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What’s the Difference Between Disability Insurance and Health Insurance?

Health insurance and disability insurance are both used to help a patient pay for costs that are associated with medical complications, but they are not the same thing. A patient uses disability insurance in order to provide a source of income in the event that a medical event prevents them from being able to work. Health insurance, on the other hand, is used to pay for the costs of medical procedures themselves.

Health Insurance

Health insurance is used to pay for the costs of medical care. Typically speaking, health care coverage involves a premium, a co-pay, a deductible, and coverage. Co-pay is the portion of funds that you will need to pay when you visit the doctor. If you visit the hospital, costs below the deductible will not be covered by the insurance company, and you will be required to make these payments out of pocket. The coverage determines how much the health insurance company will pay for given procedures, and which procedures are covered.

The premium is the monthly or periodic payment that you make to the insurance company in exchange for coverage. Your premiums will be affected by your overall health, as well as demographic information.

When applying for health insurance, you will typically be asked to undergo medical screening, in which they will look through your health records in order to determine how high your risks are. They will use this information to determine if you are eligible for care, and what your premium will be if you are.

Disability Insurance

In exchange for periodic payments, usually made monthly, disability insurance will provide an individual with income when they are not able to work. This can be used to pay for sick-leave, short-term disability, and long-term disability.

Most people are less prepared for the possibility of disability than they should be. This is because most people think that it is unlikely they will end up in a situation where they are unable to work due to disability. But according to the Social Security Administration, workers at the age of twenty have a thirty percent chance of becoming disabled, at least temporarily, before they reach the age of retirement.

While this fact is certainly influenced by many factors such as your age, health, and the industry that you work in, it means that the risks are actually surprisingly high. It means that about a third of workers will become disabled during their lifetime. Workers should have a plan to prepare themselves for the financial situation that would result.

Mandated Health Insurance Benefits

A mandated health insurance benefit is a legal requirement applied to private health insurance contracts. Both federal and state governments apply these mandates to health insurance policies. A recent example of mandated health insurance benefits is the patient care and protection act, commonly known as Obamacare for short. This law contains many mandates, not all of them applying to health insurance policies. The requirement for all individuals to carry government approved health insurance by 2014 is one. The requirement that men and women pay the same premiums is another. The requirement to not deny coverage for pre-existing conditions is another.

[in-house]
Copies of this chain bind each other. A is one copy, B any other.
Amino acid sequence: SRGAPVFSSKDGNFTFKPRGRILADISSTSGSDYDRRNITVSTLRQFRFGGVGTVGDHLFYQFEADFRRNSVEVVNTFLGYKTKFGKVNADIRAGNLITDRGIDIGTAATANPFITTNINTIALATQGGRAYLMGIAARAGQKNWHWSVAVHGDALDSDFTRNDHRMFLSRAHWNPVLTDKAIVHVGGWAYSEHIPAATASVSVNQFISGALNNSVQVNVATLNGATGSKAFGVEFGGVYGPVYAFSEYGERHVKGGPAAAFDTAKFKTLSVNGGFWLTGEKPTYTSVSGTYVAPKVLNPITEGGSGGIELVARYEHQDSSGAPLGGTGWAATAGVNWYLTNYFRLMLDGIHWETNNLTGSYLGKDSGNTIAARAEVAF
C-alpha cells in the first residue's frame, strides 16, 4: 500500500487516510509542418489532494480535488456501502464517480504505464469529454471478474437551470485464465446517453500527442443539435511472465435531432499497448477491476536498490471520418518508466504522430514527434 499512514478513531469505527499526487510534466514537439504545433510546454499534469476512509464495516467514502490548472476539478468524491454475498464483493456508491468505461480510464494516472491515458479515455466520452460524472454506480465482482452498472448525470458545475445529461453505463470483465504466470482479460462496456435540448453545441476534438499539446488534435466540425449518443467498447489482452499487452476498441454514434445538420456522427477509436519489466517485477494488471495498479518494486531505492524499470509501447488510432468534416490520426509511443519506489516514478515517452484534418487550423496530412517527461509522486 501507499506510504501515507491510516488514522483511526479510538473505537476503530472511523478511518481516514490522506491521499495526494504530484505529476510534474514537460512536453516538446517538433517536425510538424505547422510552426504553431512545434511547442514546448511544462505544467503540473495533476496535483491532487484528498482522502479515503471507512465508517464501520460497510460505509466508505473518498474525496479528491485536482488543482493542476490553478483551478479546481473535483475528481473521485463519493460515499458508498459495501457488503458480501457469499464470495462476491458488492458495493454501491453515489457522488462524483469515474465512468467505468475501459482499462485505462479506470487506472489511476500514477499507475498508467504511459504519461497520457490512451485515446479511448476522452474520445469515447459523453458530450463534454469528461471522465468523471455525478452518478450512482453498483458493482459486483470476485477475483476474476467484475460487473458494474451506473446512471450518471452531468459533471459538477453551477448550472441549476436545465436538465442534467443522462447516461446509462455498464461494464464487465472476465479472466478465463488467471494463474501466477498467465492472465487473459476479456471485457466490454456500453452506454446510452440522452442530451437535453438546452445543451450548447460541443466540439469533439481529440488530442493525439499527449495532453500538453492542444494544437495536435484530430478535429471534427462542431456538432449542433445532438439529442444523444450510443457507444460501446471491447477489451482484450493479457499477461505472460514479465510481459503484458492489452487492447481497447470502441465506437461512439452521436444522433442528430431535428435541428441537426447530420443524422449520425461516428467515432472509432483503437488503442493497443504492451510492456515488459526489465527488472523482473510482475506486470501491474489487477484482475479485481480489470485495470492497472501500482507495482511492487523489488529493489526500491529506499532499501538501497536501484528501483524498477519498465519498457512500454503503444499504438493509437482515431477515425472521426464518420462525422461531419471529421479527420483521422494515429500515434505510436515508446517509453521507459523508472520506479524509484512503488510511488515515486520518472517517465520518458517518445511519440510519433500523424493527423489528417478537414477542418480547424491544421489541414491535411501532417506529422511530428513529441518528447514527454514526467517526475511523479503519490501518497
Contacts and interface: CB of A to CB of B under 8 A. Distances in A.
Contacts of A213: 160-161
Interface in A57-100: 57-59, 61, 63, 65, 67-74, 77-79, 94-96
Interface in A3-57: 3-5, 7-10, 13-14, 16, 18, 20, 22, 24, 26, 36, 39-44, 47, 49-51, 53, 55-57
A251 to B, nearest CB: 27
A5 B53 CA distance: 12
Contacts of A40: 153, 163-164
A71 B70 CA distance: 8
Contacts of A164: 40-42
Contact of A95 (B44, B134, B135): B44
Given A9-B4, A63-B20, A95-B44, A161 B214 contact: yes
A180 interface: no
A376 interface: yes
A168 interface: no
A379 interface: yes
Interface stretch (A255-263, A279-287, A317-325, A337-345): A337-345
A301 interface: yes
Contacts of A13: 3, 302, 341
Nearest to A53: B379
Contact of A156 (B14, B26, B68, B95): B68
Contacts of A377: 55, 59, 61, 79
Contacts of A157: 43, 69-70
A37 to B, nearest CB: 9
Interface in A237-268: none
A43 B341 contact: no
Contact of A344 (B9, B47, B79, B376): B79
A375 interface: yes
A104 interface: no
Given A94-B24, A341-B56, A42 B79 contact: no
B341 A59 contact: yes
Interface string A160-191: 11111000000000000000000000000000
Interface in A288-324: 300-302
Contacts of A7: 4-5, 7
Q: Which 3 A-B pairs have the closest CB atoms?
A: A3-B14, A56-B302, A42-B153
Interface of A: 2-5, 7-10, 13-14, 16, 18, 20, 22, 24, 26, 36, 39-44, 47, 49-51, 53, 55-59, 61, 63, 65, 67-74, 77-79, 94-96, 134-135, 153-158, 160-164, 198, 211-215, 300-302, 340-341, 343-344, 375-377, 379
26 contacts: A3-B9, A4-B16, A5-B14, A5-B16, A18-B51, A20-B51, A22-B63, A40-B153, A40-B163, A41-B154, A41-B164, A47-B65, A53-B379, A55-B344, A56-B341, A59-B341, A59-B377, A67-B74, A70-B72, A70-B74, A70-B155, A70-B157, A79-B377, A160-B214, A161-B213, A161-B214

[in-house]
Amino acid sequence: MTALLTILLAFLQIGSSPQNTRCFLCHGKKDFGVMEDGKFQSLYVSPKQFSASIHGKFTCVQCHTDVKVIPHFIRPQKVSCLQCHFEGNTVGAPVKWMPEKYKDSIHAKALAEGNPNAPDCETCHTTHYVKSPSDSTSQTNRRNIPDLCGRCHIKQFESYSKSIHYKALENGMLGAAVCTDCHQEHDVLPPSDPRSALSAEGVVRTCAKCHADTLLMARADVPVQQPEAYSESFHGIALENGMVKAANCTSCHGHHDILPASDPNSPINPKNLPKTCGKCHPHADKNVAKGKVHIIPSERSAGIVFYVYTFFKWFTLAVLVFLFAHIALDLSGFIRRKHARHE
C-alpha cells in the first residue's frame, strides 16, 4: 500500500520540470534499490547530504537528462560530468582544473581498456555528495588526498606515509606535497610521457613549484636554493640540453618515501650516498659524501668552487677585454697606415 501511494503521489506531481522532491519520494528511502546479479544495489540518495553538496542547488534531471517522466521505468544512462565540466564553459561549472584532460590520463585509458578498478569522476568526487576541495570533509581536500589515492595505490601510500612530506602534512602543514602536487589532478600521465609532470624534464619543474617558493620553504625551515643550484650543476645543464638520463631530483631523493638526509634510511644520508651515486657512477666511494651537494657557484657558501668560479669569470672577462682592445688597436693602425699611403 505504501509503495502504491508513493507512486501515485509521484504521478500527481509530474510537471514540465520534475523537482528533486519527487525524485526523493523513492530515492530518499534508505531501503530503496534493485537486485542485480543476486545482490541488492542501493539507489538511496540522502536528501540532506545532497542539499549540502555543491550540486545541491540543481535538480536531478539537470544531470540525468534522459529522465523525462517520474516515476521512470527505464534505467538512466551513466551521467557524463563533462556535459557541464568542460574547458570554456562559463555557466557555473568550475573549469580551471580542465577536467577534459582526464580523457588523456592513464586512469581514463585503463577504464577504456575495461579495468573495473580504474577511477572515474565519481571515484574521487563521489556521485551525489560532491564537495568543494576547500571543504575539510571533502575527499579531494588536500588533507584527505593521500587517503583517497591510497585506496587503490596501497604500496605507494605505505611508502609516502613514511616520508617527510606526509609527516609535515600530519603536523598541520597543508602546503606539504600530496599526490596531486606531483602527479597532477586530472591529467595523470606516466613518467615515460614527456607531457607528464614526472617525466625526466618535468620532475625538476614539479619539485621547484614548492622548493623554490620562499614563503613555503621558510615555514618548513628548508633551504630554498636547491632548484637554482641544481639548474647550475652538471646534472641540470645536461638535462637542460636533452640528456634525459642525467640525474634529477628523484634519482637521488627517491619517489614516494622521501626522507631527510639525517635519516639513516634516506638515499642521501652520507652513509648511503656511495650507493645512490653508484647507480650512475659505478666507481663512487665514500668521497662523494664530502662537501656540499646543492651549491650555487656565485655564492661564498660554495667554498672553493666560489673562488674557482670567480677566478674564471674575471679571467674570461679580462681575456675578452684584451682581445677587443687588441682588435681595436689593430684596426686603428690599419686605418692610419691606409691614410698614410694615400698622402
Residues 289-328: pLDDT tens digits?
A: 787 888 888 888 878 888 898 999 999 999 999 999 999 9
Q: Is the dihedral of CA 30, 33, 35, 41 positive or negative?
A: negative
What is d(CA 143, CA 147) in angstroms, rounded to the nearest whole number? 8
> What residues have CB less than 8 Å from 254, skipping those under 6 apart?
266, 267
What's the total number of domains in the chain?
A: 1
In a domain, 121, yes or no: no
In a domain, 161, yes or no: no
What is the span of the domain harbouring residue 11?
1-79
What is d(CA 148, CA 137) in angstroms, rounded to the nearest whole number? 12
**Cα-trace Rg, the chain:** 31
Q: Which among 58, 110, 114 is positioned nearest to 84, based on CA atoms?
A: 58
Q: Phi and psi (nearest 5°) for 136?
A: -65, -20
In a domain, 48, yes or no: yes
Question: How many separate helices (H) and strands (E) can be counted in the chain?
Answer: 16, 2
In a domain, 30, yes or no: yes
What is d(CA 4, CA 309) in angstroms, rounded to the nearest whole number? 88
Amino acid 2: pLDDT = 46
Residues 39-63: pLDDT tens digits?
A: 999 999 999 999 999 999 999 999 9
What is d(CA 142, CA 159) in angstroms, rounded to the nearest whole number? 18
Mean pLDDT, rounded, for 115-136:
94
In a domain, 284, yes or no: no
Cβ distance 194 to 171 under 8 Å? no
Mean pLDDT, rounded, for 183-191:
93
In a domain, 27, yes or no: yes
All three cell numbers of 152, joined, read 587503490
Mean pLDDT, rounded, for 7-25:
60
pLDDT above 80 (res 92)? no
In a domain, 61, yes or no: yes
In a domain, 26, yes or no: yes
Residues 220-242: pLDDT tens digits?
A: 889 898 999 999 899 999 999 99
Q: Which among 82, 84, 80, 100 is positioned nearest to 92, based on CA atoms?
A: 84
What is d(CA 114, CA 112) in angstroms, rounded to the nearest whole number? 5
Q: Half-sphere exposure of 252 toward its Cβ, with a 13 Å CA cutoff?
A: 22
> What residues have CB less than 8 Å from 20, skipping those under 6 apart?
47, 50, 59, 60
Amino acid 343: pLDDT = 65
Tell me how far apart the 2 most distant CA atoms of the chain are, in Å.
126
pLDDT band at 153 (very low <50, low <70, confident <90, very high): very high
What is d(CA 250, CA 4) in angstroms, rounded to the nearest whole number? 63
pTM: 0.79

For years, the US congress left regulation of health insurance companies to the states since most states did a thorough job of monitoring the health insurers. The states have increased their mandates on health insurance policies substantially in recent years. Depending on the state, these mandates cause increases in premiums of up to 25 percent. Whenever premium rates increase more than "inflation creep" allows for, more people decide their health insurance is no longer affordable. This leads to one of two outcomes. People become uninsured or apply for government health insurance programs such as medicaid. Neither is a desirable outcome.

There are currently 1000 health insurance policy mandates throughout the USA. That is an average of 20 mandates per state. (1000/50 = 20) These mandates can cover any issue from covered services such as acupuncture or massage therapy to who may provide the services, such as Physicians, nurse practitioners, dentists, optometrists. The number and type of mandates a state requires insurers to cover will affect the policy prices. E. G. in New York State a family of 4 will pay $12,000.00 annual health insurance premiums. In the neighboring state of Connecticut, the same family of four would pay $8,000.00. Why, New York has more mandates than Connecticut. Under current law, individual health insurance policies cannot be sold across state borders. This gives each state legislature a captive audience for their mandates. The only way health insurance policy holders can get health coverage for a better price or better services is to move to another state.

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